All that not-campaigning for the governor's office by Attorney General Jerry Brown might be coming home to roost.
In the latest poll from the Publicy Policy Institute of California, Brown, a Democrat, leads former eBay CEO and Republican gubernatorial candidate Meg Whitman by a slim five percentage points, with 27 percent of respondents undecided.
He enjoys a larger lead over Insurance Commissioner Steve Poizner, also a GOP candidate, in a head-to-head matchup, but then Poizner is trailing Whitman by 30 points in the same poll -- meaning he'd have to win over pretty much every undecided voter to earn the nomination.
Poizner likes to point out that Whitman has spent $19 million to achieve that lead -- not that carping has helped him in the polls.
Whitman is on the East Coast promoting her new book, The Power of Many, which might sound like a collectivist manifesto from the likes of recently departed historian Howard Zinn, but instead is the type of motivational business wisdom tome beloved by airport bookstores.
Poizner reportedly has his own book due for publication shortly, and has been making appearances in Sacramento promoting his "10-10-10" plan to reduce state spending and taxes in order to bank a $10 billion "Rainy-Day Fund."
Brown does seem to be ramping up his campaign, having rented a warehouse space in Oakland for a campaign headquarters and hired longtime bagman Steve Glazer to run his operation. He can also probably cross potential Democratic nomination rival Jackie Speier off the list of contenders -- Speier is rumored to be eyeing an entry into the Attorney General race.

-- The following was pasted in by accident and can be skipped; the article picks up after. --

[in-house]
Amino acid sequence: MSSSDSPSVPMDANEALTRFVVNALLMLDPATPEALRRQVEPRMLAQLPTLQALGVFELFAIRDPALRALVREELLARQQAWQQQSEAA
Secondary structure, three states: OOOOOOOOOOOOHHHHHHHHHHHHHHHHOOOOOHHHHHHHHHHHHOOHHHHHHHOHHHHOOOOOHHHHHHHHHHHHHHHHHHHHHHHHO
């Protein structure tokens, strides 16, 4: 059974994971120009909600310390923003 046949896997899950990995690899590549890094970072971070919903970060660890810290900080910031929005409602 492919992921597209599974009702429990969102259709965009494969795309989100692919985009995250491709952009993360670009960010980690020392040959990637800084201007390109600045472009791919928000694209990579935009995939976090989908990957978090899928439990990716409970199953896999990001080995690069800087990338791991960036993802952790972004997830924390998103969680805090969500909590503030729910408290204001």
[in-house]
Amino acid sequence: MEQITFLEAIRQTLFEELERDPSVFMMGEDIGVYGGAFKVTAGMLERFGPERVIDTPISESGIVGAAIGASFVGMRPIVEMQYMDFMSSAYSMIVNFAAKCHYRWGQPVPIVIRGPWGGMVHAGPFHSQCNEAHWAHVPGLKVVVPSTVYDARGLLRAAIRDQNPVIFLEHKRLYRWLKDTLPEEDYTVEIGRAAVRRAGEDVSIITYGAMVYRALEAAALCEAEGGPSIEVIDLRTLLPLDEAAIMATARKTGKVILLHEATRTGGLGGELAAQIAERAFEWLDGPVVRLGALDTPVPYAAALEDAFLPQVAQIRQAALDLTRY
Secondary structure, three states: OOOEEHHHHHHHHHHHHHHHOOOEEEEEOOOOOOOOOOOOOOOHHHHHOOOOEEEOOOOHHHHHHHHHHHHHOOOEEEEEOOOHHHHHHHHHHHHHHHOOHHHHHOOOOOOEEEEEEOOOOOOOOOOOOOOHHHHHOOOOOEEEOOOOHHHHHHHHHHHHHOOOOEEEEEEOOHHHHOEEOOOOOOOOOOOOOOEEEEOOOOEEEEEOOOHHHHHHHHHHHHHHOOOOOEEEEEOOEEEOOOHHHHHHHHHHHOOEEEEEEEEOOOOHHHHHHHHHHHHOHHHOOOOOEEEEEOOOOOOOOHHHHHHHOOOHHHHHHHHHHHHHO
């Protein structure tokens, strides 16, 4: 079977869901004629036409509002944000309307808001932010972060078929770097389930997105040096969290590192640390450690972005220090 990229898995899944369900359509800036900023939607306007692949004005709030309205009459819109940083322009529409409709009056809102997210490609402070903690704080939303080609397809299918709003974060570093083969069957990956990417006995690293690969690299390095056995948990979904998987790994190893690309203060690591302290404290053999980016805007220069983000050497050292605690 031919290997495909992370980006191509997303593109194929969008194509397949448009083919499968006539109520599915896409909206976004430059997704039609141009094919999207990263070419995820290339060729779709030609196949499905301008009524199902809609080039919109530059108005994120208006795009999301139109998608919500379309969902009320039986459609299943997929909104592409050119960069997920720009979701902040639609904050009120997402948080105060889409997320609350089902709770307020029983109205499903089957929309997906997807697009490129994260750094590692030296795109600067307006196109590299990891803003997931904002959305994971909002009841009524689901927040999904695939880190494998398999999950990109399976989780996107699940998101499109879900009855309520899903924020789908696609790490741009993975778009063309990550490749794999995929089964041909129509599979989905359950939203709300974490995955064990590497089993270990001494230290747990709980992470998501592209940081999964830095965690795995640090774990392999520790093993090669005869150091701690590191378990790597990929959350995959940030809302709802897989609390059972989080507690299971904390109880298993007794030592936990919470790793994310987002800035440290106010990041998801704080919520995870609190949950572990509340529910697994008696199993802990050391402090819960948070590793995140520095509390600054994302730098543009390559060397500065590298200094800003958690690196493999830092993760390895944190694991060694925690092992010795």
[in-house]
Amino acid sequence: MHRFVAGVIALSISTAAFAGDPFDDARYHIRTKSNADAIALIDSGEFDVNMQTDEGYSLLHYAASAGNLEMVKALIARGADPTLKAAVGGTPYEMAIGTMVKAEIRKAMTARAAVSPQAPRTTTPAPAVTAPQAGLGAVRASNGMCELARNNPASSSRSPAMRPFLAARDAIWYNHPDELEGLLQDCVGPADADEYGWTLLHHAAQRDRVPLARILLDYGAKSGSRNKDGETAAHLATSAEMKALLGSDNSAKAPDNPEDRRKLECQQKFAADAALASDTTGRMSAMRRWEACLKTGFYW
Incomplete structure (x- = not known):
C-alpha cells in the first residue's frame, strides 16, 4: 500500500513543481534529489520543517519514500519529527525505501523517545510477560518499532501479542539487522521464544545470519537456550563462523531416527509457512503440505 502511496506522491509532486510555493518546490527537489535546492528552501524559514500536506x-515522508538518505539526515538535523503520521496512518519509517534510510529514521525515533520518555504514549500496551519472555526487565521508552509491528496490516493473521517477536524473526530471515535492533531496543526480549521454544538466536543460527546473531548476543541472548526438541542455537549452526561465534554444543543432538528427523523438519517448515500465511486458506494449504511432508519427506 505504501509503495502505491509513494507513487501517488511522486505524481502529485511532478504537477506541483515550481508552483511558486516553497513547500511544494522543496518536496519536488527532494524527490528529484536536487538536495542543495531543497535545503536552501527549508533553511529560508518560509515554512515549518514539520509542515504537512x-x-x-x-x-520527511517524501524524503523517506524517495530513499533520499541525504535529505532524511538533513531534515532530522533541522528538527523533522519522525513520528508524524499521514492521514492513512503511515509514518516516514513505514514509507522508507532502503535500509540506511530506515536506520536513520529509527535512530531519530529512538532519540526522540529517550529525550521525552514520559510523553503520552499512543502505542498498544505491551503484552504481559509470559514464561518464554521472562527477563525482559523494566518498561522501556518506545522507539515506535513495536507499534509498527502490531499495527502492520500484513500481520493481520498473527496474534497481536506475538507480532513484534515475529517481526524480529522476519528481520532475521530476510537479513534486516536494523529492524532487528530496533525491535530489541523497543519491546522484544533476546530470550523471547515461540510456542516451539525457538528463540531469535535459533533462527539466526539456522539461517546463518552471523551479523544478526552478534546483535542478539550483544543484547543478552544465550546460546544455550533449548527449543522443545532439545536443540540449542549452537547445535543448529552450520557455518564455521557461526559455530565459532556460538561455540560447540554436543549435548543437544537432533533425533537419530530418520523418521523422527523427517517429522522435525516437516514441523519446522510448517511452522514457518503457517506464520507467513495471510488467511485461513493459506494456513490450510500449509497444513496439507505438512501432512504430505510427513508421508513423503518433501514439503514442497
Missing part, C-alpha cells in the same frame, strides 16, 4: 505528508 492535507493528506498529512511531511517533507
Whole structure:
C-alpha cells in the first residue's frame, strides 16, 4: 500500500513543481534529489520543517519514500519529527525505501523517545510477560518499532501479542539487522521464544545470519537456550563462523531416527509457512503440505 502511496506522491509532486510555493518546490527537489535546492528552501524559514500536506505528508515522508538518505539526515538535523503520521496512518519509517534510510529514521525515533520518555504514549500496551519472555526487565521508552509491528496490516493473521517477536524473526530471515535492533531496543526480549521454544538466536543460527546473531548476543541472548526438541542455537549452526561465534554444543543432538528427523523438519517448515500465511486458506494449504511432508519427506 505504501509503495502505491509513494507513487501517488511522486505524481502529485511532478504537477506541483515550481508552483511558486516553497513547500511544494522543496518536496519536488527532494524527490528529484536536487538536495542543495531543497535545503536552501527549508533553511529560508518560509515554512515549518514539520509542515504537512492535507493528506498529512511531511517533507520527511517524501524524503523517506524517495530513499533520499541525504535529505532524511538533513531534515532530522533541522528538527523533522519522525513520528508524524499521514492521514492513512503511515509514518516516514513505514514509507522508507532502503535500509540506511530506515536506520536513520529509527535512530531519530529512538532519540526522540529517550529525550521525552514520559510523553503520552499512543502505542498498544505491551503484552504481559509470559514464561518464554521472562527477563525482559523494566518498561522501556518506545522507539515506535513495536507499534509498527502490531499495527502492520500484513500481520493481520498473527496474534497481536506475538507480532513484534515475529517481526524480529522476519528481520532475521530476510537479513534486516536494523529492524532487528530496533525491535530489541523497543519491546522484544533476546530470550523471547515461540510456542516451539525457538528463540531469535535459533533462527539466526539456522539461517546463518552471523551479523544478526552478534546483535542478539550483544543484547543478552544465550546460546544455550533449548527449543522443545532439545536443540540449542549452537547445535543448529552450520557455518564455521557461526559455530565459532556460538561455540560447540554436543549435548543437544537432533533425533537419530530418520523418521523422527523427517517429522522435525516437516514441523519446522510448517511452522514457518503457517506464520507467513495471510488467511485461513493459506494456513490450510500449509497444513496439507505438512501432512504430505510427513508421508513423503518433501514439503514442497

Brown, at least, is not alone among state Democrats in being able to boast only a slim lead in polls -- Senator Barbara Boxer barely leads former gubernatorial candidate turned senate candidate Tom Campbell by four percentage points in the PPIC poll, and former Hewlett-Packard CEO Carly Fiorina by eight.
Whitman's camp was sagacious about the latest numbers, with spokesperson Sarah Pompei once again declaring that "we know there will be many polls during the course of this race," a line that's been trotted out for pretty much every poll in the campaign so far, regardless of how it portends for Whitman's prospects.
Jackson West realizes that the five-point swing from the Field Poll to the PPIC numbers is at least within the margin of error, but really, the democrats might want to think about actually campaigning.